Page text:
View Full Version : MEARS Conducts Shill Bid Demo in Own Auction

08-05-2010, 06:31 PM
Shill bidding has become a hot topic of conversation in the sports memorabilia industry in the wake of an FBI investigation that could be focused, at least in part, on that practice.
The growth of auctions as a method of buying and selling created opportunities for dealers to increase their bottom line by placing bids on items they’re selling—or have someone do it for them.
It happens at virtually every level—from $10 transactions on eBay to high dollar pieces. The more valuable an item is, the more potential that collectors will spend hundreds, if not thousands more than necessary.
In its auction that closed Friday night, MEARS Online Auctions took the highly unusual step of intentionally shill bidding a game-worn Eddie Mathews Atlanta Braves jersey to demonstrate the effects such a move can have on collectors’ bank accounts. MEARS made the FBI aware of what it was doing ahead of time.
Playing on an unsuspehttp://www.sportscollectorsdaily.com/wp-content/uploads/2010/08/JUly-Shill-300x225.jpg (http://www.sportscollectorsdaily.com/wp-content/uploads/2010/08/JUly-Shill.jpg)cting bidder’s interest in the item, the company bid the item up late in the auction. The result was a final price that was about $5,000 higher than the last legitimate high bid. MEARS then placed a final bid so high that no other collectors would ‘win’ the jersey. According to Dave Grob of MEARS, the company emailed bidders after the auction and followed up Saturday with phone calls to apologize for the intentional ruse and to explain what it had done.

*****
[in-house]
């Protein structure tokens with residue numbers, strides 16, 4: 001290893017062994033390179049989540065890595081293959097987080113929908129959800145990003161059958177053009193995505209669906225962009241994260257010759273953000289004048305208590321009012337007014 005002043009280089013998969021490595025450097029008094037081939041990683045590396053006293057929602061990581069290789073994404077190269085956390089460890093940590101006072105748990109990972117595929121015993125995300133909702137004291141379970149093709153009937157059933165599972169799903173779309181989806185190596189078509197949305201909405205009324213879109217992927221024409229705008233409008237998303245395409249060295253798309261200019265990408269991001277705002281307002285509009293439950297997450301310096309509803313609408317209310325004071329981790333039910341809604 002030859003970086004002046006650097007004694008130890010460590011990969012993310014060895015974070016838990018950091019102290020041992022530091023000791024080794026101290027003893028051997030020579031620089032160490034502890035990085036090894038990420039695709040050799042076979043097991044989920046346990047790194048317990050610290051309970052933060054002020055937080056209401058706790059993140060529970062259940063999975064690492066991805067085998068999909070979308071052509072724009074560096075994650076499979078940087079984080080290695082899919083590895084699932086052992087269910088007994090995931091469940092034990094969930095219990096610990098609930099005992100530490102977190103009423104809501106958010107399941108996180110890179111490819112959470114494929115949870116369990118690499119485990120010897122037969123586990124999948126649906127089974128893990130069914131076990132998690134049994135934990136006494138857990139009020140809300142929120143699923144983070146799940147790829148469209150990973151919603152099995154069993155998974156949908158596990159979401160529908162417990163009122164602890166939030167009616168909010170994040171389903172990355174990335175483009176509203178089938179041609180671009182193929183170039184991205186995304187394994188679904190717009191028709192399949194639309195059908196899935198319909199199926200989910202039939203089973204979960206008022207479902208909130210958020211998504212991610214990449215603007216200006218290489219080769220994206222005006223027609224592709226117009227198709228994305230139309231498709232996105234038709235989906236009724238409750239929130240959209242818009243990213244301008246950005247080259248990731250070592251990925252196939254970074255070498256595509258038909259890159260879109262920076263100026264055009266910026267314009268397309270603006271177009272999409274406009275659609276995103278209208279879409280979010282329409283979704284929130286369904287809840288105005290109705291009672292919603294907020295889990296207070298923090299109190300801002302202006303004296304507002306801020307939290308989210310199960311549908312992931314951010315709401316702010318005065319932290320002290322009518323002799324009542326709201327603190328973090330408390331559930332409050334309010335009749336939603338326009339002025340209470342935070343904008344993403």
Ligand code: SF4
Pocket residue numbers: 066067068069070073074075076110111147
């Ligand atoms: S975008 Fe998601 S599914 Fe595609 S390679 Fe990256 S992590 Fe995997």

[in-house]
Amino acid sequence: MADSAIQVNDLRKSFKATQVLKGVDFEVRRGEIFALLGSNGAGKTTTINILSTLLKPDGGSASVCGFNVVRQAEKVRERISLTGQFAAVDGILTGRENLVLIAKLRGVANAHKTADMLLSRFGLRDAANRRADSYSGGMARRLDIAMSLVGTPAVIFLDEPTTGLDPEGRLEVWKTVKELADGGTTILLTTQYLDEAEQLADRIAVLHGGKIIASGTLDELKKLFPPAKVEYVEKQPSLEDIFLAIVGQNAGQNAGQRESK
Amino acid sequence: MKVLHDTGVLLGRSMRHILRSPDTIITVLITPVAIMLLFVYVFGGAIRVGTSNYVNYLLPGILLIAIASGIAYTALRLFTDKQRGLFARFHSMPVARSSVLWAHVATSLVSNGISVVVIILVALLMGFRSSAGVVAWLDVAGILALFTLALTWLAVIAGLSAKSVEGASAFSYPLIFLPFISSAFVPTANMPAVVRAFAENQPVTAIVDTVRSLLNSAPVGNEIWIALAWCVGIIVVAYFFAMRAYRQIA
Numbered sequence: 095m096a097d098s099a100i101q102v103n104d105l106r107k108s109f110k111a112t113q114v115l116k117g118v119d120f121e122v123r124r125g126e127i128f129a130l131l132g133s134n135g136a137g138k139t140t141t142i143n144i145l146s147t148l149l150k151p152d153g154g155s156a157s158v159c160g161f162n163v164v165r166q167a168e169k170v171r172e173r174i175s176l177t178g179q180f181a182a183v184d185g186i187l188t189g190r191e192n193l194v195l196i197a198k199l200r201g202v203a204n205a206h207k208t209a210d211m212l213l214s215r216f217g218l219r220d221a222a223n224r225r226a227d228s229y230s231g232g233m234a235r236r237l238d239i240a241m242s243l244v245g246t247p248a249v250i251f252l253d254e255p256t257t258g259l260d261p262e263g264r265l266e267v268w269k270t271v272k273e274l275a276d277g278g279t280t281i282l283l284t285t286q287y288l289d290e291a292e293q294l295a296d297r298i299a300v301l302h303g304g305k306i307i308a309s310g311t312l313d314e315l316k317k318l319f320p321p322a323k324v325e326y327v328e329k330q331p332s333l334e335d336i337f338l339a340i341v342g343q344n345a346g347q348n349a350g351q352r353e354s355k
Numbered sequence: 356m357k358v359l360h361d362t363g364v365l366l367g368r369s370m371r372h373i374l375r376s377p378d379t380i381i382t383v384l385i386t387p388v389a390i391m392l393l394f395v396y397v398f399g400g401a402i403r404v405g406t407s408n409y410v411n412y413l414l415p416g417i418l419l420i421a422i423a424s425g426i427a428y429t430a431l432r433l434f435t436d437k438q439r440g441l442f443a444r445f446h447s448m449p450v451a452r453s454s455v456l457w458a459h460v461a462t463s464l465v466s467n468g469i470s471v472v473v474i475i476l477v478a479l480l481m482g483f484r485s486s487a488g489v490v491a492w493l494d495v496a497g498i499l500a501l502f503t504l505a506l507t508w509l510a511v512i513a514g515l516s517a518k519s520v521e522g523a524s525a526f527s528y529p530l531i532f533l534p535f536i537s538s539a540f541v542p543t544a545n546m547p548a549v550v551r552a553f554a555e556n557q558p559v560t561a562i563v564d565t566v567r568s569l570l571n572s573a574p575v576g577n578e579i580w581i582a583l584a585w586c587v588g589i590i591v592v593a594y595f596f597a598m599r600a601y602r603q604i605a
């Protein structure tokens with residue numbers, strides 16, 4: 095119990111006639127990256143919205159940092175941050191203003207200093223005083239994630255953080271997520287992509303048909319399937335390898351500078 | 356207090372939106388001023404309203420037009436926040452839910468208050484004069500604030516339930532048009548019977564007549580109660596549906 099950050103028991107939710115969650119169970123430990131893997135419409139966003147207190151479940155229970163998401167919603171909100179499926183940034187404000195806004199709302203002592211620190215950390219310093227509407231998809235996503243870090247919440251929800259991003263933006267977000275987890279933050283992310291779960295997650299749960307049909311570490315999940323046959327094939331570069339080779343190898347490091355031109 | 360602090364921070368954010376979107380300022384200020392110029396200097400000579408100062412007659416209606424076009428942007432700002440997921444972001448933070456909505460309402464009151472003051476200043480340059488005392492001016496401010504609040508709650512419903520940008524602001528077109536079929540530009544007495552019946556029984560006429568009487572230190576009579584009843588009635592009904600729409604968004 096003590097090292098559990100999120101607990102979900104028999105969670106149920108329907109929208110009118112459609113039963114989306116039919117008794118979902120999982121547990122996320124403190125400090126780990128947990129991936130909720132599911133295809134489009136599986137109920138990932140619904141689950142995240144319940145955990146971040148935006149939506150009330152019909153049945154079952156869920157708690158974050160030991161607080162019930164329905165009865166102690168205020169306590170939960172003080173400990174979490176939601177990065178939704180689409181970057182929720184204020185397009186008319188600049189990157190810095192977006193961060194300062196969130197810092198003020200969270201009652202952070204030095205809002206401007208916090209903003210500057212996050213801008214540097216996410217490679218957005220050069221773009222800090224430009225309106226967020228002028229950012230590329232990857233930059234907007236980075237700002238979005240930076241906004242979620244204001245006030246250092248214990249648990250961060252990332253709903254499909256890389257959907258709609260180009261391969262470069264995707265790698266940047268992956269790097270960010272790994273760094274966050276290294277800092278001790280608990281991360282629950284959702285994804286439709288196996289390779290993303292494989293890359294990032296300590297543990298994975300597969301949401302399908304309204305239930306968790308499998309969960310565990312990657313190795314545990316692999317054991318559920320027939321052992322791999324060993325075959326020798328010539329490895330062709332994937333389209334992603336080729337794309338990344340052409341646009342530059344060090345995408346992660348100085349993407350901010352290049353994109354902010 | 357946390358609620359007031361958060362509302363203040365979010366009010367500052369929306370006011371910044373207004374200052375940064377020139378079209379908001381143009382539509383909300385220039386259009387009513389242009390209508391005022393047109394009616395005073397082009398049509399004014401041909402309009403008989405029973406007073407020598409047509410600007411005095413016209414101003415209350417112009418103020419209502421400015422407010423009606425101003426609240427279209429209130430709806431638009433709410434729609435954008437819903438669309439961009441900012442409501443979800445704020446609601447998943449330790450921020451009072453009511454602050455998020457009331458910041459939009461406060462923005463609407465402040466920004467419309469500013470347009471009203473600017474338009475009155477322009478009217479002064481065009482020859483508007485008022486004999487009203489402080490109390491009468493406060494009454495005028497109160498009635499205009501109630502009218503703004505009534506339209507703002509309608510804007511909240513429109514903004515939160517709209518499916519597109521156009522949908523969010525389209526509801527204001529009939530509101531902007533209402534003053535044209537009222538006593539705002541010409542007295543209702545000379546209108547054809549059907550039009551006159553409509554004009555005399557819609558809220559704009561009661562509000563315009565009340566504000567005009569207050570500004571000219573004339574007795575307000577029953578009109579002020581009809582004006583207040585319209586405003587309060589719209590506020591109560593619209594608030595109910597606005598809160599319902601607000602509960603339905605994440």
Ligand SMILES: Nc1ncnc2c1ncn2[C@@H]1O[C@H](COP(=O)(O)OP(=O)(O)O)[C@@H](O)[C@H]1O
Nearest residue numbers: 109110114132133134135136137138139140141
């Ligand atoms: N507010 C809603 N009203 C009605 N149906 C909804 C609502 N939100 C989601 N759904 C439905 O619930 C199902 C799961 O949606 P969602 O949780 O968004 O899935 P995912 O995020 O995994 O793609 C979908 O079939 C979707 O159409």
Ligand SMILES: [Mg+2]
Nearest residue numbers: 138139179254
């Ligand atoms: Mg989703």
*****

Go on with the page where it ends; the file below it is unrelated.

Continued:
“This demonstration was completely an internal idea,” Grob told Sports Collectors Daily. “It was not asked for or prompted by a request from anyone. Because of how sensitive this topic is, we wanted to make sure the FBI knew what we were doing and why. That is the only link between this experiment and outside efforts, one of advance notice and intent.”
House bids are used in collectible auctions of many different types, something many collectors may not be aware of. Many believe the practice also inflates values in an artificial manner.
“I do think shill or in house bidding is still a huge problem, and one that is laid out in the fine print of many current auction catalogs,” Grob stated.
Read more about the demonstration here. (http://www.mearsonline.com/news/newsDetail.asp?id=758)